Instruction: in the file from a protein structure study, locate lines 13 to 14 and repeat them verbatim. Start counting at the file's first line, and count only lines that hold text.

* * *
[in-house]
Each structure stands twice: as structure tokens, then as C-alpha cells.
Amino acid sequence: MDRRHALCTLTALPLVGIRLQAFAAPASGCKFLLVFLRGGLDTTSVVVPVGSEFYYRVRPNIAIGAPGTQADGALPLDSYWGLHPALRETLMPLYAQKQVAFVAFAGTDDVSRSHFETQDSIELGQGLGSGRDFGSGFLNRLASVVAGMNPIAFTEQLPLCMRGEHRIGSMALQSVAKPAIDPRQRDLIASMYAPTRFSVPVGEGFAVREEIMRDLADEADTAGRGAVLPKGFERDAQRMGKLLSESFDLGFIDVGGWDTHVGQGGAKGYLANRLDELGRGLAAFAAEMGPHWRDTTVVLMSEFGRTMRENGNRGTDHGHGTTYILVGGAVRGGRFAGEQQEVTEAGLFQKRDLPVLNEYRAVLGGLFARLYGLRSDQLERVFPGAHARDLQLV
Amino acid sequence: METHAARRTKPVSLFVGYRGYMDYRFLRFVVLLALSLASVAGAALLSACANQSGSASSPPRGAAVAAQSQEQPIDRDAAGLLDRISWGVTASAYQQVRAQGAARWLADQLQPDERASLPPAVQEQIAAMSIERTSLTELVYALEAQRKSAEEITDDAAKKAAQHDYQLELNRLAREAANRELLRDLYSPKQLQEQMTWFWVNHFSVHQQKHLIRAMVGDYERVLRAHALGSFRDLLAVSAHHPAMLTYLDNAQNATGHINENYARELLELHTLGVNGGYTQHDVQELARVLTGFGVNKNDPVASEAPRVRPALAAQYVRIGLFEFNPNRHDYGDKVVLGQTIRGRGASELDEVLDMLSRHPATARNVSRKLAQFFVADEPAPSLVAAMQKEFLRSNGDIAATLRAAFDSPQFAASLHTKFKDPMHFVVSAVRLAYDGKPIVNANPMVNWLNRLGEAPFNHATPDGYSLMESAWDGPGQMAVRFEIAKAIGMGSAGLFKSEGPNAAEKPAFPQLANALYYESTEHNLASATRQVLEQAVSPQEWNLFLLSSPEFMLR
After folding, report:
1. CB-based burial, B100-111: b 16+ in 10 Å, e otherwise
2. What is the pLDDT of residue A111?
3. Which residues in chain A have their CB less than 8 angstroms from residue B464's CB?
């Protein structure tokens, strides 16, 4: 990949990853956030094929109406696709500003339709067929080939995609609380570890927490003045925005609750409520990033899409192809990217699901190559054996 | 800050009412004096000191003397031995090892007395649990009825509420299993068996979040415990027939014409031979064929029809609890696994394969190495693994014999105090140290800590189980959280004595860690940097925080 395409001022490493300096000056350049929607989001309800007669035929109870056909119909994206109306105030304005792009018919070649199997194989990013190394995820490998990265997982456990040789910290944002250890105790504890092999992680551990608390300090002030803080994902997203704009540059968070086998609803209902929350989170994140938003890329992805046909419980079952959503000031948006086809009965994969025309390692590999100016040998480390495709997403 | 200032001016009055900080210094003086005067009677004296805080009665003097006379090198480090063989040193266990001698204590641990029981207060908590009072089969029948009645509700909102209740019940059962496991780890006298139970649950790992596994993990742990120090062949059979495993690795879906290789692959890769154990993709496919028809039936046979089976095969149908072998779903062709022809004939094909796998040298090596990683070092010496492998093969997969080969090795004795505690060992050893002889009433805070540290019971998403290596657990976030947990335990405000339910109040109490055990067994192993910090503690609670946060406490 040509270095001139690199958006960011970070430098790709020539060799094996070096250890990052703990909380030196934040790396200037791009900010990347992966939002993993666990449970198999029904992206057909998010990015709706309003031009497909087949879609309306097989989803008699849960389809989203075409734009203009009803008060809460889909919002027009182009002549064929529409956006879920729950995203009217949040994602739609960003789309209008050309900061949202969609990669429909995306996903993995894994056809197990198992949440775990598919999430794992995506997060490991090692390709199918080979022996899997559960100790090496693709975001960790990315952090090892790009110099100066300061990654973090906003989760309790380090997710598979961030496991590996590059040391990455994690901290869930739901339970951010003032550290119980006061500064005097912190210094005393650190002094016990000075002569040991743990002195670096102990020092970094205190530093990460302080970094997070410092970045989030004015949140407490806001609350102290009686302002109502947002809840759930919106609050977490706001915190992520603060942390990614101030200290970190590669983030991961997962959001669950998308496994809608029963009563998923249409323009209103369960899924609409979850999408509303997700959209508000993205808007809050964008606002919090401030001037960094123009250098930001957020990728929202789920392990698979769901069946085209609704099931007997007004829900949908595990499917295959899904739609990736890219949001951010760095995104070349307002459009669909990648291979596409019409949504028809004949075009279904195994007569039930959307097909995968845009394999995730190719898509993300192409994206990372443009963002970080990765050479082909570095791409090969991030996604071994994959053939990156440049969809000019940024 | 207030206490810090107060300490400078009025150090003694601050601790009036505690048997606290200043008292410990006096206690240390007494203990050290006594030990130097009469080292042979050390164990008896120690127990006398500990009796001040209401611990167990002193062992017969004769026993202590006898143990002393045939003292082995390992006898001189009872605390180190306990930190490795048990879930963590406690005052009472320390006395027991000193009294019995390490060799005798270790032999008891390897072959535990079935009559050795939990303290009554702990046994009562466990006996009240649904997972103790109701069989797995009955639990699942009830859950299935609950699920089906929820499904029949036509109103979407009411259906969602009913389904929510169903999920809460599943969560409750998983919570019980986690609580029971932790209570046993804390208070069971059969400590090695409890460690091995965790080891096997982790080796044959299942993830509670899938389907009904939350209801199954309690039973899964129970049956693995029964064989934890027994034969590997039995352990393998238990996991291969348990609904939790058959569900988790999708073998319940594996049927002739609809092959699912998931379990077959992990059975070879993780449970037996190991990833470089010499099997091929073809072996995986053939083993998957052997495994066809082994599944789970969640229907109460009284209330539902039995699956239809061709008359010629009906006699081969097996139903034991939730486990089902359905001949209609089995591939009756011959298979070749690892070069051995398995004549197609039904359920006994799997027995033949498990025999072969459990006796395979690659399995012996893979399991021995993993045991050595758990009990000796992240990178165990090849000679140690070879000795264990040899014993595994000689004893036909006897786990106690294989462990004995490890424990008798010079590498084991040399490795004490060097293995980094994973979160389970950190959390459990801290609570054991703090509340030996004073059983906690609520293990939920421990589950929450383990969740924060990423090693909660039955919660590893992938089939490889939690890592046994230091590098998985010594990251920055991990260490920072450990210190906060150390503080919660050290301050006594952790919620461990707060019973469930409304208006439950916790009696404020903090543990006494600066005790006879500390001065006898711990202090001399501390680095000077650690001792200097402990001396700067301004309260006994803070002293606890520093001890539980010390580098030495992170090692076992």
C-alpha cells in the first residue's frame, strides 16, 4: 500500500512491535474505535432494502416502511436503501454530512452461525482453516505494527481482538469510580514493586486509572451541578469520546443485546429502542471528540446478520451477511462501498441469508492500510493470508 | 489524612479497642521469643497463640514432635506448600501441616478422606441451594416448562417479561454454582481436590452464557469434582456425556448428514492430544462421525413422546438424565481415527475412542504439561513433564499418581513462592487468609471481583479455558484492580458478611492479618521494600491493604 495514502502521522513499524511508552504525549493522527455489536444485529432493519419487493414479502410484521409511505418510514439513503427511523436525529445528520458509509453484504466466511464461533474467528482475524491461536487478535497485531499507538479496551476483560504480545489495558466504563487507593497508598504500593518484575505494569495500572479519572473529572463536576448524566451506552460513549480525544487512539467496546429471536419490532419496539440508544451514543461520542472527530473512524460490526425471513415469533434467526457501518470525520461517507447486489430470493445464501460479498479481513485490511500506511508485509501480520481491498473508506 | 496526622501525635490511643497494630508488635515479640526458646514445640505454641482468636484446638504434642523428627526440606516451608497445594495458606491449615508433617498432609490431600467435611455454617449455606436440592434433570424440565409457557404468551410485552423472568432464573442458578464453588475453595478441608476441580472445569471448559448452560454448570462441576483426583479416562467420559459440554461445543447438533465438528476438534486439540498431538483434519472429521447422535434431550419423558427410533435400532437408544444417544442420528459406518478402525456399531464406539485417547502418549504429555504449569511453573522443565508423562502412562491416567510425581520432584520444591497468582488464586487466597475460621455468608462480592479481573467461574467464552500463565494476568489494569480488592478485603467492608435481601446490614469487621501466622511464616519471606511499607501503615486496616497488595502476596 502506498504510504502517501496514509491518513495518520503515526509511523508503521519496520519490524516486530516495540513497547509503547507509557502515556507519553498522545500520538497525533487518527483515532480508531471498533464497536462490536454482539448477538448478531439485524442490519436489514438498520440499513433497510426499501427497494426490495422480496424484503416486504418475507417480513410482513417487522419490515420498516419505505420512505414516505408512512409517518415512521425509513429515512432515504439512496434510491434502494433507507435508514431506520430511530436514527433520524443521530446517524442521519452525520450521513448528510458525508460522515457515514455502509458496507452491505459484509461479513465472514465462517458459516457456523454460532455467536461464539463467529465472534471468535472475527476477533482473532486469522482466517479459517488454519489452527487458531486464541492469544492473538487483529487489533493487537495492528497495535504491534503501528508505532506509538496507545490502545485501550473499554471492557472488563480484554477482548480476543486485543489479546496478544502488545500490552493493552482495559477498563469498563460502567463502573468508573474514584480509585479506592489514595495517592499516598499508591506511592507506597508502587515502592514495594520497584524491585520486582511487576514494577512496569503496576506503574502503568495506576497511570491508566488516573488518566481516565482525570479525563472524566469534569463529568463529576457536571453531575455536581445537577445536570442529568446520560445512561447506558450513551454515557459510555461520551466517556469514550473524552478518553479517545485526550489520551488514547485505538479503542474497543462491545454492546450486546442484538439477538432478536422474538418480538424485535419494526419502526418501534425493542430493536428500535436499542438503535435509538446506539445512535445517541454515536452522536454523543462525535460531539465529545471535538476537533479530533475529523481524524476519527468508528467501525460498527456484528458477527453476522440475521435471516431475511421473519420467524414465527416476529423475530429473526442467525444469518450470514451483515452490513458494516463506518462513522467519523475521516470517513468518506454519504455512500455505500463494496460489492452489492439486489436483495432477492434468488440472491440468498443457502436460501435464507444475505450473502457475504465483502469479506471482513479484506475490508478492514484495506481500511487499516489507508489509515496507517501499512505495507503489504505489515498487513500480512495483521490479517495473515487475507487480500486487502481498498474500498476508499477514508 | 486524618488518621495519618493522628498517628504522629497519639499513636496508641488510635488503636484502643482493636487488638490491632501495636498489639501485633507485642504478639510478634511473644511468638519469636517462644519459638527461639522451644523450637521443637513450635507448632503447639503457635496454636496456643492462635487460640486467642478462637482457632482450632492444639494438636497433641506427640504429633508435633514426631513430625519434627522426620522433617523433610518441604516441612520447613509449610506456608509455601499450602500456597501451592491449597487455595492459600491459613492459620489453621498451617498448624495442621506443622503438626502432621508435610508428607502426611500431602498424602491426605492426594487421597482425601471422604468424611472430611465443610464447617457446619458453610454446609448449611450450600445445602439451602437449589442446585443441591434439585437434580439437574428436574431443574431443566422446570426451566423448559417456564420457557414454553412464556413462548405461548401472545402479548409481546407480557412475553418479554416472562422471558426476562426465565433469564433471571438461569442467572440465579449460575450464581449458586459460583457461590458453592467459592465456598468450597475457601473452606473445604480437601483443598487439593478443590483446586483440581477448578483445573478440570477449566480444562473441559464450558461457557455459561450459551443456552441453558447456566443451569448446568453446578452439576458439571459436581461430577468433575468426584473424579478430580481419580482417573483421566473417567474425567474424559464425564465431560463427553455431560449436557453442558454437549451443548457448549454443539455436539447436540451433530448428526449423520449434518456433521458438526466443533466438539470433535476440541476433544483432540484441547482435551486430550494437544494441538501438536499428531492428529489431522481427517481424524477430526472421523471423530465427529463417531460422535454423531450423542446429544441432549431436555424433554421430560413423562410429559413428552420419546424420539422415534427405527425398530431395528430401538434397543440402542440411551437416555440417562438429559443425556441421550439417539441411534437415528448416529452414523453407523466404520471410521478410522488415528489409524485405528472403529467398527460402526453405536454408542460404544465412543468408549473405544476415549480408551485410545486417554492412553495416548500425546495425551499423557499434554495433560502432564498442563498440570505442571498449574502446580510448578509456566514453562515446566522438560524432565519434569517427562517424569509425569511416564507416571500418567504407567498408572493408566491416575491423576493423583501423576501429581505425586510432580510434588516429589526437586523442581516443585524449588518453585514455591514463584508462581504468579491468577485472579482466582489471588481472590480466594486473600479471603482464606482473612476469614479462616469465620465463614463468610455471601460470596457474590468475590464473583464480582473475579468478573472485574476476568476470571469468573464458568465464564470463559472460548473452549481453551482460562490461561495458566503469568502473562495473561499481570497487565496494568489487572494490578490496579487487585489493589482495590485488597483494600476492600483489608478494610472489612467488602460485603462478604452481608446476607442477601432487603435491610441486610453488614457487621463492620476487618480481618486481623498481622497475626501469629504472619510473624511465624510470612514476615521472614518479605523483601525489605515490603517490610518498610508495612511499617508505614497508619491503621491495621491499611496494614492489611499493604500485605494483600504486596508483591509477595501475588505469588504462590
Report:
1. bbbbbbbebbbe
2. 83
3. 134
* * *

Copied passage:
2. 83
3. 134